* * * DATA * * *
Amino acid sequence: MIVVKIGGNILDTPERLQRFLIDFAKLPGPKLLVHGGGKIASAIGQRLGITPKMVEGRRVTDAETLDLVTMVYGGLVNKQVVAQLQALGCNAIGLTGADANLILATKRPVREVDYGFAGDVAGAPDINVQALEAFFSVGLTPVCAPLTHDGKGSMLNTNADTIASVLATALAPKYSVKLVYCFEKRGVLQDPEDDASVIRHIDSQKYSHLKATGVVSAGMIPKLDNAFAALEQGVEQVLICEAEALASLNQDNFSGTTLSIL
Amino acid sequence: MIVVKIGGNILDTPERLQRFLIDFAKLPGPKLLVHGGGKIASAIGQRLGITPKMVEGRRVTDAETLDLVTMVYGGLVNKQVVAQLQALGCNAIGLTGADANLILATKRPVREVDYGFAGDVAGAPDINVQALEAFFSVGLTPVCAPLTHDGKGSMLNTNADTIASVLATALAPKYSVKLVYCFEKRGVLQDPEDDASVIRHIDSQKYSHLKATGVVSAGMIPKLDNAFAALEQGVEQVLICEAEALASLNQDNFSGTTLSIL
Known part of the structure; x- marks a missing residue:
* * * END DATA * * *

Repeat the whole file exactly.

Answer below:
Amino acid sequence: MIVVKIGGNILDTPERLQRFLIDFAKLPGPKLLVHGGGKIASAIGQRLGITPKMVEGRRVTDAETLDLVTMVYGGLVNKQVVAQLQALGCNAIGLTGADANLILATKRPVREVDYGFAGDVAGAPDINVQALEAFFSVGLTPVCAPLTHDGKGSMLNTNADTIASVLATALAPKYSVKLVYCFEKRGVLQDPEDDASVIRHIDSQKYSHLKATGVVSAGMIPKLDNAFAALEQGVEQVLICEAEALASLNQDNFSGTTLSIL
Amino acid sequence: MIVVKIGGNILDTPERLQRFLIDFAKLPGPKLLVHGGGKIASAIGQRLGITPKMVEGRRVTDAETLDLVTMVYGGLVNKQVVAQLQALGCNAIGLTGADANLILATKRPVREVDYGFAGDVAGAPDINVQALEAFFSVGLTPVCAPLTHDGKGSMLNTNADTIASVLATALAPKYSVKLVYCFEKRGVLQDPEDDASVIRHIDSQKYSHLKATGVVSAGMIPKLDNAFAALEQGVEQVLICEAEALASLNQDNFSGTTLSIL
Known part of the structure; x- marks a missing residue: